Last year some time I tested the new Epson Exhibition Fiber inkjet paper on some images, with wide color gamut, difficult blacks, monocromes, and so on.

Anyway, I started re-photographing the surface of the prints. By transferring the digital image to an analog surface (paper) and reshooting it, at hard angles, bent up, with light reflecting off the surface, you can create “impossible” highlights and depth-of-field effects in the next incarnation.

Here is one example, starting from a photo of burnt pines in the Yosemite high country after a dusting of snow.

Original Image:Thumbnail image for L-CA-0018.jpg

Printed and rephotographed:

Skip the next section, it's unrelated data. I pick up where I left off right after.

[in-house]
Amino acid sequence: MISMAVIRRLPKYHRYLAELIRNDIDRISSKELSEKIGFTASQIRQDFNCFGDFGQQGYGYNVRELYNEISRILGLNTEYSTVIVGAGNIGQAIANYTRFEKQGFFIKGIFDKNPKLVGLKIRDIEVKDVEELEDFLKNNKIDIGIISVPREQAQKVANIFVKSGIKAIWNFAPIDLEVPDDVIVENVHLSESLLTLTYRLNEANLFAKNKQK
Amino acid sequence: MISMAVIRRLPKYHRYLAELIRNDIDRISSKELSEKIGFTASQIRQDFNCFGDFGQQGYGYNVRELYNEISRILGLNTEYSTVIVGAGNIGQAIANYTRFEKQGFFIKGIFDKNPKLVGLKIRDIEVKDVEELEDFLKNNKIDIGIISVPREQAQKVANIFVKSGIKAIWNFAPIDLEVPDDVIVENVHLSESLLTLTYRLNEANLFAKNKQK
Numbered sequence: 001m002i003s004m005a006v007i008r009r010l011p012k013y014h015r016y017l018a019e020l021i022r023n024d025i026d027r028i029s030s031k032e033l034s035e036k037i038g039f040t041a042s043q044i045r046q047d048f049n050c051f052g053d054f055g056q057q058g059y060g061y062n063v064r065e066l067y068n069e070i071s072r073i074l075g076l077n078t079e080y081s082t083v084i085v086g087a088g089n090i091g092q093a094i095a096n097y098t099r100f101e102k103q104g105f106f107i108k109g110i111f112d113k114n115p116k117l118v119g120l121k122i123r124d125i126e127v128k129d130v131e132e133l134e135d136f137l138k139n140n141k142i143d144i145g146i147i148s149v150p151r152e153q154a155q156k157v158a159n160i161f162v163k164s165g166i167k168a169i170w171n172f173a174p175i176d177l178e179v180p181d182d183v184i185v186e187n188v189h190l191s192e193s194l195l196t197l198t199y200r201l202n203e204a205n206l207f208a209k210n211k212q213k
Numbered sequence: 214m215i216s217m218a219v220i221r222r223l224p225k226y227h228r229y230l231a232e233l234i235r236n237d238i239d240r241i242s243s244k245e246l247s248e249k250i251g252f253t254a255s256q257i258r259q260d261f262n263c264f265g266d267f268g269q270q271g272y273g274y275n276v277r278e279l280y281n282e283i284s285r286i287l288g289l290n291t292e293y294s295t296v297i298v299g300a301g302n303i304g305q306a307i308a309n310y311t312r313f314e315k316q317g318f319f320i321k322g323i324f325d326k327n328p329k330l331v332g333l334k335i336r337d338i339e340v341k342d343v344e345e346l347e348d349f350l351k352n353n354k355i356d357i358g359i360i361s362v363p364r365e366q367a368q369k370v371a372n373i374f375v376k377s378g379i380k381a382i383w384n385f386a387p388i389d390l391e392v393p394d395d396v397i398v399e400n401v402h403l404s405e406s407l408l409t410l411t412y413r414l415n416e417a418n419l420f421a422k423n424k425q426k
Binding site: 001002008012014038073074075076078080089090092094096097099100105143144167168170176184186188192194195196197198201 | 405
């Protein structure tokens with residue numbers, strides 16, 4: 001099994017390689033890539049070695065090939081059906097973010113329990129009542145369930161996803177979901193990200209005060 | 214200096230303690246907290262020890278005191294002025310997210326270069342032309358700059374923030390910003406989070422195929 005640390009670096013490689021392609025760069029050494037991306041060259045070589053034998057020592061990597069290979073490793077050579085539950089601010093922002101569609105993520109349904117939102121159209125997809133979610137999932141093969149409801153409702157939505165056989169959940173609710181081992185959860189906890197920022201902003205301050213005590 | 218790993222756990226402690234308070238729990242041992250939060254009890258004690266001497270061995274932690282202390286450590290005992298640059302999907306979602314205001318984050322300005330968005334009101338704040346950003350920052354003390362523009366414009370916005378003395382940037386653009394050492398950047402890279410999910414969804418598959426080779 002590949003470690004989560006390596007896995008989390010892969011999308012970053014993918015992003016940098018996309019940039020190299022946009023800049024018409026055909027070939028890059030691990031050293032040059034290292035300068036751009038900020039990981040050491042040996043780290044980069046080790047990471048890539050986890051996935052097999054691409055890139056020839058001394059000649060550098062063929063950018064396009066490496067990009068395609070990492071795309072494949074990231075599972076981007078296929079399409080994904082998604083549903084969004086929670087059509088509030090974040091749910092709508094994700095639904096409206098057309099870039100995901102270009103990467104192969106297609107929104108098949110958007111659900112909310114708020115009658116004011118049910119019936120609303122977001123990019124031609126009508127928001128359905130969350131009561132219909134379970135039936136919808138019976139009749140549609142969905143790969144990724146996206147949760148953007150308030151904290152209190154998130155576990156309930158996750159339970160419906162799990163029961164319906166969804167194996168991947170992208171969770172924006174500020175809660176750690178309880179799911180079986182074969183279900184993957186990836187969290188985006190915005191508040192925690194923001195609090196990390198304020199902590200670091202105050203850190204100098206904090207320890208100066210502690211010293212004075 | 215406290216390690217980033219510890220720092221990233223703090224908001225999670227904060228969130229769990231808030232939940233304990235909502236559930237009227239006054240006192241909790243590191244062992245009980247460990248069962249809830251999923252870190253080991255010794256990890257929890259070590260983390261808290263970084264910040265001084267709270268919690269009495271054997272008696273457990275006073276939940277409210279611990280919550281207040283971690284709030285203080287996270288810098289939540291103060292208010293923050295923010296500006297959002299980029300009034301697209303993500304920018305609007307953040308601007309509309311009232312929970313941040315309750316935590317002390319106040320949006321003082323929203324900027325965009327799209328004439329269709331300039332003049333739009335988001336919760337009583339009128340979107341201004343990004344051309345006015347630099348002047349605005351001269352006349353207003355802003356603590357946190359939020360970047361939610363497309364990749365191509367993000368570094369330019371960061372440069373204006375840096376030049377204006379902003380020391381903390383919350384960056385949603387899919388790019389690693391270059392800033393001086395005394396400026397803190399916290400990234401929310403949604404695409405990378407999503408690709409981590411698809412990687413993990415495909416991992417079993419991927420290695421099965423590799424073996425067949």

Thumbnail image for akorn-SL0208DoublePic-0890.jpg

Oaks in Tucson Arizona:
Thumbnail image for akorn-SL0208DoublePic-0885.jpg

Vera climbing in Indian Creek, Utah:
Thumbnail image for akorn-SL0208DoublePic-0907.jpg

Variations from the same print of “Chief” in Elijay, Georgia:

Exhibition Fiber is a great paper to fool with this way, because it doesn’t
show gloss differential or metamerism that has plagued glossy inkjet prints
since forever. You can google it, I wont explain here. Just try it out, you’ll dig it!

Anyone up for a D-A-D chain photo? Ill pick an image, print it, rephotograph it and send it to you to print and rephotograph however you like…


i like this alot

posted by Erik on 01.16.11 at 4:20 pm

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